Whoosh. I was analogizing to point out some problems with changing public policy, but you didn’t follow it.

            And you’ve obviously not read any polling data on health care

            People vote with their feet.

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          • The reason I don’t think you’ve ever read anything about other health care systems is that you don’t seem to know anything about them. You paint with a wide brush and are laden with stereotypes.

            Implementing is indeed a problem, but nothing to stop change. Generally there is pent up demand, a huge backlog of untreated conditions, a huge influx of new patients, and then it settles down. If you want to know about how that works, you might review the last country to switch to single payer, Taiwan. It was done, can be done, is feasible. Of course, again, it would require that you actually review evidence.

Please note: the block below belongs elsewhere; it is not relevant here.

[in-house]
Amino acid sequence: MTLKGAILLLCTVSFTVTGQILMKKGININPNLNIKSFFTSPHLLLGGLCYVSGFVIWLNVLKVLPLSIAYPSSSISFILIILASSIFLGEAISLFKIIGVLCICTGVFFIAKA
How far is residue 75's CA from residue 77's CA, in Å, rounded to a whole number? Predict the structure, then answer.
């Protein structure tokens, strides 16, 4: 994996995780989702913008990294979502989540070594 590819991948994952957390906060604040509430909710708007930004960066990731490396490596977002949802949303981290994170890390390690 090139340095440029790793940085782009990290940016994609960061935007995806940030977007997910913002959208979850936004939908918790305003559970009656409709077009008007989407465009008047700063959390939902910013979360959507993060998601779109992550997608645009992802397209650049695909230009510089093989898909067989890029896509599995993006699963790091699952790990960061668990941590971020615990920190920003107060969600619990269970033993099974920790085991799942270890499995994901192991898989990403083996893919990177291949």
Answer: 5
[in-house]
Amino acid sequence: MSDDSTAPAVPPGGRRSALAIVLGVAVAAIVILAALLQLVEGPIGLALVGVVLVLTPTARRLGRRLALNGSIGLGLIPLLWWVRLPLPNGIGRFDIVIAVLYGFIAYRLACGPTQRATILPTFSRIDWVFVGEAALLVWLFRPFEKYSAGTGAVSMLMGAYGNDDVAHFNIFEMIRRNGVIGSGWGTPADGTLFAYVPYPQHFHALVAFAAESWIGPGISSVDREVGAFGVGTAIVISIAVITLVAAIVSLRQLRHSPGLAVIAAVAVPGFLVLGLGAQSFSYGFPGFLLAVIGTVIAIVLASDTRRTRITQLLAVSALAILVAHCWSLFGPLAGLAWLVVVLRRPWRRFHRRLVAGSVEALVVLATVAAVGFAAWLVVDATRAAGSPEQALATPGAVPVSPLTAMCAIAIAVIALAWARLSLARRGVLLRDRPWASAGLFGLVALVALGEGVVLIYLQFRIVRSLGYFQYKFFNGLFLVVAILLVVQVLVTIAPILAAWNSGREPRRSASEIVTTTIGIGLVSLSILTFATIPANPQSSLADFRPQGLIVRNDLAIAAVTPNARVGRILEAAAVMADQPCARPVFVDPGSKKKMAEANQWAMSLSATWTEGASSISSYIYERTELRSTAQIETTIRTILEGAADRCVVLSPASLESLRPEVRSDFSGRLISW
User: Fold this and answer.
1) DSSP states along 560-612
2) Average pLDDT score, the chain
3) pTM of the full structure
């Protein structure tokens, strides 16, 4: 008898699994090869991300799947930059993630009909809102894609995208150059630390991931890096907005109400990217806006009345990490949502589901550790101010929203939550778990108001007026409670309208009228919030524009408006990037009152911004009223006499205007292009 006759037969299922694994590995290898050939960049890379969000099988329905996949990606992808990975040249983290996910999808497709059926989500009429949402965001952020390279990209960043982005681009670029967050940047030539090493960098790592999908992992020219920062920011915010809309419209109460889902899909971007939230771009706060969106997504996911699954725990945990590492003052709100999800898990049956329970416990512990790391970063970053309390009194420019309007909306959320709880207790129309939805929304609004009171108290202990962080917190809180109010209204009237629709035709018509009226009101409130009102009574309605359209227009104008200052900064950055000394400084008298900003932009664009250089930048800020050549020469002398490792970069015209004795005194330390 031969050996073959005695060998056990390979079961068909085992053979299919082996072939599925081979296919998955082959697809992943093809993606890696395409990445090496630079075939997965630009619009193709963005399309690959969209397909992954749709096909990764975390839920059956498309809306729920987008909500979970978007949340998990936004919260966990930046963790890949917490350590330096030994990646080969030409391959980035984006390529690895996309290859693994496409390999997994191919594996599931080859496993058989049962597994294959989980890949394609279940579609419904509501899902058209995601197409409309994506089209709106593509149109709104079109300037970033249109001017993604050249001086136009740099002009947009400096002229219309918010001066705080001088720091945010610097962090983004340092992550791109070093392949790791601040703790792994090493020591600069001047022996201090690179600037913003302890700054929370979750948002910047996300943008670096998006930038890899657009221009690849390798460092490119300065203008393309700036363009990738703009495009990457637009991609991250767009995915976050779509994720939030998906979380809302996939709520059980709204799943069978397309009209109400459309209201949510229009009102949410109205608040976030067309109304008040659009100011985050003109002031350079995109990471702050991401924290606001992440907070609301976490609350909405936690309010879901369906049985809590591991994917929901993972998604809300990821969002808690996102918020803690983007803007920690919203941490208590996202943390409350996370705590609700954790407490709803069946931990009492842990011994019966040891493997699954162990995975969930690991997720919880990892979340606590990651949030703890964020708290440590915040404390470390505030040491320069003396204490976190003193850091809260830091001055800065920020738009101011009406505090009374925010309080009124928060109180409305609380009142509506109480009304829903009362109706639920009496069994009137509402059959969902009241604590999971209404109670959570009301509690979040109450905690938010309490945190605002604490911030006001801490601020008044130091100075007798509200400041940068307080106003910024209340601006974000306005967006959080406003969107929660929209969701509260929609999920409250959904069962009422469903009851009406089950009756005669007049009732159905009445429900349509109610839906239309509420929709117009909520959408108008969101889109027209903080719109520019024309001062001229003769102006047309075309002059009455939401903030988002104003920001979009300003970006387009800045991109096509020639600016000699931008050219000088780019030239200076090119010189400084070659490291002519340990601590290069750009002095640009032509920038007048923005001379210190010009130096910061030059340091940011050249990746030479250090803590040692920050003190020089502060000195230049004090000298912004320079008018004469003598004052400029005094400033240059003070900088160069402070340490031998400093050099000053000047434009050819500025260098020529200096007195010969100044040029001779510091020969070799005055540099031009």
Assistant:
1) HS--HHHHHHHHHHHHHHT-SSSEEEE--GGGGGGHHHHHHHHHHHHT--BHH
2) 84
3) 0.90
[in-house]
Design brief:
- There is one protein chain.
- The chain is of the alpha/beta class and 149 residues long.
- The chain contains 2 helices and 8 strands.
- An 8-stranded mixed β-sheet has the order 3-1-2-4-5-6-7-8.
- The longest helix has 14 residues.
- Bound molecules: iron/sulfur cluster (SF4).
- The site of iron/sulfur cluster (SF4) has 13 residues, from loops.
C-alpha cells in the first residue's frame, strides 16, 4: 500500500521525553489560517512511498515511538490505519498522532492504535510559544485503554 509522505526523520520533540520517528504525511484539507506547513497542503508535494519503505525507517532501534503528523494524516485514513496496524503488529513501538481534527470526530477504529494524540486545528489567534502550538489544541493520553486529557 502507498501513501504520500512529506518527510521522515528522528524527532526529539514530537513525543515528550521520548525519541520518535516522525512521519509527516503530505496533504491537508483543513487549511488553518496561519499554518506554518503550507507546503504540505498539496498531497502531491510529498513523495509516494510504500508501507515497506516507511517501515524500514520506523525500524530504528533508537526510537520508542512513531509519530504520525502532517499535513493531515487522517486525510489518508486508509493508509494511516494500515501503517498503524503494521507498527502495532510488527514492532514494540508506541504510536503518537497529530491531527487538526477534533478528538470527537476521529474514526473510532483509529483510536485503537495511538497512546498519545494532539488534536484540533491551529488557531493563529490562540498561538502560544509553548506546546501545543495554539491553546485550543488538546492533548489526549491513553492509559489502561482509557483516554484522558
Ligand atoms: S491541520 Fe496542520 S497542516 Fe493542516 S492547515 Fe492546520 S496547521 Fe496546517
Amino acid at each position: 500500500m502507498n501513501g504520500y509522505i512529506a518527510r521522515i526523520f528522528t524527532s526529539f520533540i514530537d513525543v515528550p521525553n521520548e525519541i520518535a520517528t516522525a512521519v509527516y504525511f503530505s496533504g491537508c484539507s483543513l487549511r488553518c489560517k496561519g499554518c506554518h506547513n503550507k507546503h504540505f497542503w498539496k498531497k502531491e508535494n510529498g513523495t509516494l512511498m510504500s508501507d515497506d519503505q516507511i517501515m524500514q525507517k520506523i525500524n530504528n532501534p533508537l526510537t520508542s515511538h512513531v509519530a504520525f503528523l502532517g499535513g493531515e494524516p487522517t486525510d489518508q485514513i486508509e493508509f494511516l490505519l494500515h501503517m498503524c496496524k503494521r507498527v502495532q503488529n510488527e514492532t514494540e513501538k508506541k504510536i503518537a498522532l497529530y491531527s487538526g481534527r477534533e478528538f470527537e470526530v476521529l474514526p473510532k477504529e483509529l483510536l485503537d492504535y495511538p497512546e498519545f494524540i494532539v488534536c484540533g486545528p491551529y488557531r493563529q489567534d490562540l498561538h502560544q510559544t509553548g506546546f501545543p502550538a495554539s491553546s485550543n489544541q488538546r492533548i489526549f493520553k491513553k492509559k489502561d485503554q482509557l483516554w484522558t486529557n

You’ve never demonstrated that your racial assertions regarding health care are anything more than a fixation of yours. You’ve merely asserted that without evidence. Again and again.

            The bulk of our health care system has been cordoned off by the private insurance cartel. Senior citizens and poor people, since they are unprofitable, have been consigned to the government, except those now given insurance via subsidy of the insurance cartel via ACA. The vast majority of doctors are privately employed. Most of our hospitals and clinics are private. Medicare and Medicaid have to deal with the private sector, just like in a single payer system. Single payer does not mean government-run or owned.

            I do hope that your ‘people vote with their feet’ chestnut does not refer to Canadians coming to the US for care, which is wildly overstated and misinterpreted.